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24v Flash Light

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  • 24v Flash Light

    I have a 24v combo kit. A couple of months ago my last bulb went. I can not find a 24v bulb anywhere! Any suggestions? Thanks! -Jon-

  • #2
    Re: 24v Flash Light

    Most HD's carry them and they are made by Dewalt. When I went to get mine i had to ask for them as they were kinda hidden.

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    • #3
      Re: 24v Flash Light

      Originally posted by zappedb4 View Post
      I have a 24v combo kit. A couple of months ago my last bulb went. I can not find a 24v bulb anywhere! Any suggestions? Thanks! -Jon-
      If I remember correctly when mine blew, I believe it is a 12 or 18 volt bulb. Some have posted on this forum that there is cutdown circuitry in the light. Pull the bulb and check the voltage.

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      • #4
        Re: 24v Flash Light

        roadrash is correct, they use a 12v .7amp bulb, part #780036001

        your local service center should stock them

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        • #5
          Re: 24v Flash Light

          Before you buy those incandescent lamps go to E-bay and find the CREE LED replacement lamp.
          You'll get longer run time, more light, cooler flashlight etc etc I think it's $19.00

          Review some of the other postings about flashlights and LED upgrades. You won't be sorry.

          Cactus Man

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          • #6
            Re: 24v Flash Light

            Are all 24v flashlights the same. I thought I read a thread some time ago where some of the lights were limited in the voltage to 12v, while others were not. The thread was discussing the replacement of the bulb with an LED, and the modification was not the same in each case.

            Check the bulb to see what voltage you need to replace it with. I've seen the DeWalt 18volt bulbs at Lowes in 2-packs for something like $8.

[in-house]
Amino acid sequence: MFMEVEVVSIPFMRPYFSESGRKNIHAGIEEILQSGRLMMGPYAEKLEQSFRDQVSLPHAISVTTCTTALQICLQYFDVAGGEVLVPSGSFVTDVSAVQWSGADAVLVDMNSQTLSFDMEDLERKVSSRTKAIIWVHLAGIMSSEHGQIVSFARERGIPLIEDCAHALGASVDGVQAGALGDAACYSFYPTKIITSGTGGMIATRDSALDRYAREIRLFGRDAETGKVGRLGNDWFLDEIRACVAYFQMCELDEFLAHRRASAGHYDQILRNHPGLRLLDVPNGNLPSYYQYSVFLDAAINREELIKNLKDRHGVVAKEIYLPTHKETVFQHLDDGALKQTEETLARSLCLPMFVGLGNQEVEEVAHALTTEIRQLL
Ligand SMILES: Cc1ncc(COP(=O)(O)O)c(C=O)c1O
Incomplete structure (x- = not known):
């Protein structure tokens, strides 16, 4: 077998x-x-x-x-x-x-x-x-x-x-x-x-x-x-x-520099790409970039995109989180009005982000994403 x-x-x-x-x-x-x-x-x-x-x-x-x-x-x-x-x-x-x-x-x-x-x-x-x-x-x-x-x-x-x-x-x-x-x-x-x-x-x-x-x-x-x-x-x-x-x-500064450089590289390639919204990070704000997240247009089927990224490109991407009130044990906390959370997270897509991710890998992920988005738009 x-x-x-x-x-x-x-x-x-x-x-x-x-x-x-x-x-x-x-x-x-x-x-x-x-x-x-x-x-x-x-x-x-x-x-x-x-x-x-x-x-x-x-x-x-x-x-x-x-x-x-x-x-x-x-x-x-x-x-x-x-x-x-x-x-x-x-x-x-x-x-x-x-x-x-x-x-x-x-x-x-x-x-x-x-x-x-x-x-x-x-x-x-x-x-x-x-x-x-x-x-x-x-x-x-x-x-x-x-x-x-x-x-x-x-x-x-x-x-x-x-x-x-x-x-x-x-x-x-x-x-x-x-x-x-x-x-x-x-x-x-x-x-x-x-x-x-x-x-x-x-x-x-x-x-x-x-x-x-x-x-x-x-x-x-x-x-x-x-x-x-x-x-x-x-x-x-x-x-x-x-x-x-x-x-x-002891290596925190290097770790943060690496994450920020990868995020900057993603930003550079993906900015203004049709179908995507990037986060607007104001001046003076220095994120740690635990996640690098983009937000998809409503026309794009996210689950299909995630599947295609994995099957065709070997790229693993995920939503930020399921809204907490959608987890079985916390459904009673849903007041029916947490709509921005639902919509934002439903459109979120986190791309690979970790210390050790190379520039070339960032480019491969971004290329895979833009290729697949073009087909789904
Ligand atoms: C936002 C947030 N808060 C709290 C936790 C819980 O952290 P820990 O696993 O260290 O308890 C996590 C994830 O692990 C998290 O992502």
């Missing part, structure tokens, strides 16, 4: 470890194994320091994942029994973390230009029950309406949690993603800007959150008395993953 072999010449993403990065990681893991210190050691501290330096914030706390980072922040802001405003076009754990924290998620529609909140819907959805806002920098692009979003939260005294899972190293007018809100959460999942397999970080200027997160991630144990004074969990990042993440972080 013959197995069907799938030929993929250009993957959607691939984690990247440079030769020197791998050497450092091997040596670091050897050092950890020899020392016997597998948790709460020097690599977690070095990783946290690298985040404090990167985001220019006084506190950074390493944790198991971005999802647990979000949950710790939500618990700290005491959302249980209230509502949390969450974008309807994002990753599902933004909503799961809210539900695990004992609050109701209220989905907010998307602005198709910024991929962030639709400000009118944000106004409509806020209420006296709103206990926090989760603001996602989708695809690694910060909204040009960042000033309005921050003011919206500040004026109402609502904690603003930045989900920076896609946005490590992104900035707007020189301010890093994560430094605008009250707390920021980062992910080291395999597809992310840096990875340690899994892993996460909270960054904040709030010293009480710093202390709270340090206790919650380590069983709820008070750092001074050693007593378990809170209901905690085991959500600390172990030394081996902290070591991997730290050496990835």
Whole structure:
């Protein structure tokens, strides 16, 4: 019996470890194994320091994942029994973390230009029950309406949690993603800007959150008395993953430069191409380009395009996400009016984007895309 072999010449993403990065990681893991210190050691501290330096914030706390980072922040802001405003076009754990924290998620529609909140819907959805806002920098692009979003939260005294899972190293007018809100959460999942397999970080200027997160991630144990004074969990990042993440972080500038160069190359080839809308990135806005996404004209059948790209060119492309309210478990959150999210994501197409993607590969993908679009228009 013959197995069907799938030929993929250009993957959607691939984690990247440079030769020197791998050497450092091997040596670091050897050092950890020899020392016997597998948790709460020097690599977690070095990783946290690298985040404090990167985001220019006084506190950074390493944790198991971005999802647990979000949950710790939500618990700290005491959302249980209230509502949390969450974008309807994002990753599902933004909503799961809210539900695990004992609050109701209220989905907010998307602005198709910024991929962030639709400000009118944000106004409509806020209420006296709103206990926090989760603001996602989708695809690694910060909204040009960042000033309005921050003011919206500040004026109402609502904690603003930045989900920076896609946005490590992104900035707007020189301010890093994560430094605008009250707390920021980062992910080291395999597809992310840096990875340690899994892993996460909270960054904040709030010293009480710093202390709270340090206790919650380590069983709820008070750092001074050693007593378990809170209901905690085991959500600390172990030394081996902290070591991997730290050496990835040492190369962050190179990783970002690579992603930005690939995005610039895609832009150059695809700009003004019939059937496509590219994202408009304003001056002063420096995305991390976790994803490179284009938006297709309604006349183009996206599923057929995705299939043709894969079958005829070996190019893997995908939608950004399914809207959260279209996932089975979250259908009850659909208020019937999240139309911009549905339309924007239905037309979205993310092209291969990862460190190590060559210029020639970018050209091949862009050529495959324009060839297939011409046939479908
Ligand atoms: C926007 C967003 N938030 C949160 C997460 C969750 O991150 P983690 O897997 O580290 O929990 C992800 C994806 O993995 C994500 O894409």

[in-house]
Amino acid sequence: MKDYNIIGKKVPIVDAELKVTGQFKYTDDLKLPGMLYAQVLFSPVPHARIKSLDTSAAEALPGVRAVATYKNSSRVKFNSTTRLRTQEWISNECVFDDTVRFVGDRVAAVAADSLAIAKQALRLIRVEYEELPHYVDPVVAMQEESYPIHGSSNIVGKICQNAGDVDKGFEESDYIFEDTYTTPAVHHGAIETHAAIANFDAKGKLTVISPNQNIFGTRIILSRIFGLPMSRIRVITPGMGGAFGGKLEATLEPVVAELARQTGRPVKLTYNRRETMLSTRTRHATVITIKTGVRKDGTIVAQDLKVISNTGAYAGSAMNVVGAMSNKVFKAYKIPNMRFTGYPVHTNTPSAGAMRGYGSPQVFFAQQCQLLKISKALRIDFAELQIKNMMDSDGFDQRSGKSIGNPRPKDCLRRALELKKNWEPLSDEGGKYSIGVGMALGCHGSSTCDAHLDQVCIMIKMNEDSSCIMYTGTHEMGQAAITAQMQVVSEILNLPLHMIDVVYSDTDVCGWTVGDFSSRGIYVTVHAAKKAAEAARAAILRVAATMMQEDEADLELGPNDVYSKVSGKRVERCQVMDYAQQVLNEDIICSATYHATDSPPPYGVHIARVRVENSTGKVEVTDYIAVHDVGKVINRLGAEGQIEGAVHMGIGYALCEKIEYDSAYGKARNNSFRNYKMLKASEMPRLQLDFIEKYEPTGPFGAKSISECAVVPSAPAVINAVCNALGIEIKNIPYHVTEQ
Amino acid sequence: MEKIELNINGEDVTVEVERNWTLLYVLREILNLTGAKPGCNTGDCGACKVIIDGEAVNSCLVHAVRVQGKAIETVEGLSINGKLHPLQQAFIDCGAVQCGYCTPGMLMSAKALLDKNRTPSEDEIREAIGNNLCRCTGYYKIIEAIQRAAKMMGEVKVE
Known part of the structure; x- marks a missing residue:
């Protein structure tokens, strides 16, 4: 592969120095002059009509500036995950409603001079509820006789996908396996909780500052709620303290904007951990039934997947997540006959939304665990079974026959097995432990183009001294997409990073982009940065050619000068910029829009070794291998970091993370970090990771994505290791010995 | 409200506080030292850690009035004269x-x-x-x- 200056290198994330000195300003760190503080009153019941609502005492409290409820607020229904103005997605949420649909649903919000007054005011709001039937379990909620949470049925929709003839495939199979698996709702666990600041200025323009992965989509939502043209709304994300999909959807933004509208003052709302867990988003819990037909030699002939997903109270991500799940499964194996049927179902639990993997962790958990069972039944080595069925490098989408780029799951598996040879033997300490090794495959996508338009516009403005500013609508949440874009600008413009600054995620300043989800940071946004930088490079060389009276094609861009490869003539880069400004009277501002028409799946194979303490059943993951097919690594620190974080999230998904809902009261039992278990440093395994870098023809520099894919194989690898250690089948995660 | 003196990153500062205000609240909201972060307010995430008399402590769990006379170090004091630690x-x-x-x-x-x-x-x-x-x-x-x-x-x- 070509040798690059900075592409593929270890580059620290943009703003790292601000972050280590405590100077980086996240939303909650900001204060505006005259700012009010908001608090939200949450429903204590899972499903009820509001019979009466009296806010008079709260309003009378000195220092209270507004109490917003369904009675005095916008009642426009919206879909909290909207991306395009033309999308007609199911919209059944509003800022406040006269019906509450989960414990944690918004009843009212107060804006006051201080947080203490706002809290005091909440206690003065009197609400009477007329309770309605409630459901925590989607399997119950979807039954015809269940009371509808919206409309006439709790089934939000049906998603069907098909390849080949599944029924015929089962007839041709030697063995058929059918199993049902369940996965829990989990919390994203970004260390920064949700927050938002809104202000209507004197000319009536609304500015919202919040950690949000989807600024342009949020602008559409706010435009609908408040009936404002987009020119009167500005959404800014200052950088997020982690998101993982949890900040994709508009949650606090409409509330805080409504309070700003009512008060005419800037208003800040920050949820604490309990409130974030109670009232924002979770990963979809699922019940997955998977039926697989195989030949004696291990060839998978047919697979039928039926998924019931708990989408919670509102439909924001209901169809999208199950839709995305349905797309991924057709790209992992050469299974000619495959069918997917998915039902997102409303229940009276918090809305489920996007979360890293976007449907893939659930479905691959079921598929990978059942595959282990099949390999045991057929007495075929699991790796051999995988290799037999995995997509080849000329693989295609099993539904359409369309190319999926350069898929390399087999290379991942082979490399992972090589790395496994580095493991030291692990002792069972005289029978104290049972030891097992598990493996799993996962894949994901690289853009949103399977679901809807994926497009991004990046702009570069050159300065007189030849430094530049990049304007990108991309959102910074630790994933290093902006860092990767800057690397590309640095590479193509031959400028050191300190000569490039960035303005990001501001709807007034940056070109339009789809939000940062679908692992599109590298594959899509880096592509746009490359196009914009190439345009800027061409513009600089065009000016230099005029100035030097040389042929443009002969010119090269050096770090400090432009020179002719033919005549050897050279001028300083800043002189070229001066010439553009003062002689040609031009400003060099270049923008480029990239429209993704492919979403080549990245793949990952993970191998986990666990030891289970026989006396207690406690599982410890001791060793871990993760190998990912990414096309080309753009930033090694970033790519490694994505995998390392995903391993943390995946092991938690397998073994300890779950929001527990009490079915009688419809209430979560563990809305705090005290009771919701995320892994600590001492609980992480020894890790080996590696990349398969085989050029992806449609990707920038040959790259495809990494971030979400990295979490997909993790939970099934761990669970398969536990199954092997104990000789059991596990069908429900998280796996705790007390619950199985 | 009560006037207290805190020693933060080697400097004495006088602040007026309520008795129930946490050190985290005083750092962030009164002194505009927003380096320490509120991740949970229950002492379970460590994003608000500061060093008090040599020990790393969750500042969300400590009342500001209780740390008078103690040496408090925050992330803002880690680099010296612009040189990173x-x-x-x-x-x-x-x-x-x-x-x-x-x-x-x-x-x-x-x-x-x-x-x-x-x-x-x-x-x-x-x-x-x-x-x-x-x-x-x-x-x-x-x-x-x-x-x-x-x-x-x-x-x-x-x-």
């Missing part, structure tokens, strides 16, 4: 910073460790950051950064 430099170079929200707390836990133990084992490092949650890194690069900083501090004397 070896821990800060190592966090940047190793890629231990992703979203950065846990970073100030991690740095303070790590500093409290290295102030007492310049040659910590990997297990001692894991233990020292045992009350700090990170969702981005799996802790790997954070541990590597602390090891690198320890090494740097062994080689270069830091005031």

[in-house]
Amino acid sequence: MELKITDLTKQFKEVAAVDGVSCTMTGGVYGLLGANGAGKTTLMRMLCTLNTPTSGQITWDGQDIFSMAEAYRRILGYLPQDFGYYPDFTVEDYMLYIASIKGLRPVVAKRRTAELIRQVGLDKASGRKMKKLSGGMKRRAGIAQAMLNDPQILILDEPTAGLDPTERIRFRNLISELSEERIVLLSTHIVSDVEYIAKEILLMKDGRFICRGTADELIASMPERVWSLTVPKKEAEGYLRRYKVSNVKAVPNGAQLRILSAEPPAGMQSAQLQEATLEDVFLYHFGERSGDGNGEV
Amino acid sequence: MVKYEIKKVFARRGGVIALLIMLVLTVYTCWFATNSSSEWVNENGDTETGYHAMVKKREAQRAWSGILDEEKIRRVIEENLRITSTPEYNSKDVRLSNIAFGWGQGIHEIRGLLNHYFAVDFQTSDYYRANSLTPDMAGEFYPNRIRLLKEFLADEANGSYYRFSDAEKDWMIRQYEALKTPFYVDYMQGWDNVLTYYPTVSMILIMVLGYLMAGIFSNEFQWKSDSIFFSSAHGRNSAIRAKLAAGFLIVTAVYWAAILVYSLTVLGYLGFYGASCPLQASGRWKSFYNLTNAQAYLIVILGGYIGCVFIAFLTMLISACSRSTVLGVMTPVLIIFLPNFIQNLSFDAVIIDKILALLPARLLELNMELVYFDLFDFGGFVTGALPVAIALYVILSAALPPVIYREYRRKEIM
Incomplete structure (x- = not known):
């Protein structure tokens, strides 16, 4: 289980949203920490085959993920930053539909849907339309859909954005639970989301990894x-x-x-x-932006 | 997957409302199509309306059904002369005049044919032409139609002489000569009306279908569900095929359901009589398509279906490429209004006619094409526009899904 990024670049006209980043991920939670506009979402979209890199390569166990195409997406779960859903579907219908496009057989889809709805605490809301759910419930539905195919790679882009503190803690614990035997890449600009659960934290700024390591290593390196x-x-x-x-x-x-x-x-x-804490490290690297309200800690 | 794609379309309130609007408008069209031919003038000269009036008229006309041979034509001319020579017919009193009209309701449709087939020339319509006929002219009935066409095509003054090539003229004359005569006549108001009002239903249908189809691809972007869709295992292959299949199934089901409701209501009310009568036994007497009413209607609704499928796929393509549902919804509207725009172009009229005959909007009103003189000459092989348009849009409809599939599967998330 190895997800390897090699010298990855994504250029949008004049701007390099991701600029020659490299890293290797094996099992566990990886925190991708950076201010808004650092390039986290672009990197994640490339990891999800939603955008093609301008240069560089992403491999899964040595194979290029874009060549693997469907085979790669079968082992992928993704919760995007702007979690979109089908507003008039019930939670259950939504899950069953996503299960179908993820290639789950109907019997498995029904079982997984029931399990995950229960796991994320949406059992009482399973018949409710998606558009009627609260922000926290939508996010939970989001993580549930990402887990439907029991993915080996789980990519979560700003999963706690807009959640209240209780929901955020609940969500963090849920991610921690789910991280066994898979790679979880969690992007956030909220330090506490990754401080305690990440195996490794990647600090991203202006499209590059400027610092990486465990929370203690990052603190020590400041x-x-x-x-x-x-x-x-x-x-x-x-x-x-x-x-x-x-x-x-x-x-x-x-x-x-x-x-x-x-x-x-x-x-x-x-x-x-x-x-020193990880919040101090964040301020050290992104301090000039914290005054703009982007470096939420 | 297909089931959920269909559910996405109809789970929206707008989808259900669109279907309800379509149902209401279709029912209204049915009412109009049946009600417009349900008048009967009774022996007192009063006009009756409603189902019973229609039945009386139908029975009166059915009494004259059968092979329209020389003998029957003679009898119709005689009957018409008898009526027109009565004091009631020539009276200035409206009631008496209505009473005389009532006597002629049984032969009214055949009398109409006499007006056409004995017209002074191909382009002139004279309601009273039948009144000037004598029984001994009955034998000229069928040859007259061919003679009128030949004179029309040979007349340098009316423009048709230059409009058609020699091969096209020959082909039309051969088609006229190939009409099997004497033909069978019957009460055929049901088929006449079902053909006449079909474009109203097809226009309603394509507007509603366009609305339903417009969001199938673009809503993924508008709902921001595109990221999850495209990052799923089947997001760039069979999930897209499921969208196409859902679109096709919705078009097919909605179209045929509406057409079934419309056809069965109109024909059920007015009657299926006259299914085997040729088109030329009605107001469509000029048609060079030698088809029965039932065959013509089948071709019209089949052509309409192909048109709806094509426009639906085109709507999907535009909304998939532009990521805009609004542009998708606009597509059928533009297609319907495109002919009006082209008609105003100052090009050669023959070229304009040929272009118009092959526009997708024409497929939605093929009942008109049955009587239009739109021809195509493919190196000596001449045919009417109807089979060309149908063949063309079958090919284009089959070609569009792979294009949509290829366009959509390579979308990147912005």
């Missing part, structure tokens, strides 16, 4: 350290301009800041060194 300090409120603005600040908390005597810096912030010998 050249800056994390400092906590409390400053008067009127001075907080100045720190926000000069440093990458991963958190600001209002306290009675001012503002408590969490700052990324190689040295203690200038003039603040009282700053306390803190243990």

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            • #7
              Re: 24v Flash Light

              Pull up the old posts as we beat this topic to death.

              The Ridgid incandescent flashlight R849, R859 etc all have evolutionary variances. By this I mean the innards may have changed as production lines change. This can be a good thing.

              You can obviously see the various cosmetic changes etc.

              Some of the dual voltage 18/24vdc flashlights incorporate a regulator circuit so the lamp voltage is [about] 12vdc [under load]. This allows either the 18vdc or 24vdc battery to be used.

              Some of the original 18vdc flashlights did not sport any regulation and could exhibit an excess of 21vdc [no load] at the lamp socket.

              Most of the flashlights use a 14vdc type lamp thus it's really bright! but it has a short run life, it's fragile, and runs hot hot hot!

              Often many designs of flashlights use an under voltage rated lamp. This allows a brighter illumination at the expense of lamp life. Also by using an underrated voltage lamp your run curve, voltage VS current VS run time you can improve the specifications. Also many types of flashlights offer absolutely no regulation!

              OK so what to do? Again, read the older flashlight discussions.
              Then get a DC voltmeter and measure the voltage at the lamp socket.
              When you know what "operating voltage" you have, you can then determine your options.

              1. replace the lamp at $4.00 a pop!
              2. buy a cheap replacement over and over again
              3. investigate the LED options.

              For those of you using an older design 18vdc without any regulator you also have options..

              1. replace the lamp at $4.00 a pop
              2. order a voltage applicable LED
              3. order a regulator module from Ridgid and then go with a 12vdc LED [this is a costly
              option]


              Today the LED is becoming the benchmark. There are more LED options out there. You can even find a CREE LED with the same lamp base as the original flashlight ..thus plug and play. It runs about twenty bucks.

              Or, you can use a m-16 type LED lamp and modify the innards a bit. You'll get almost 30 hours of light on a 3amp battery. Again go read the older postings

              Cactus Man

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              • #8
                Re: 24v Flash Light

                Thanks for all the input!

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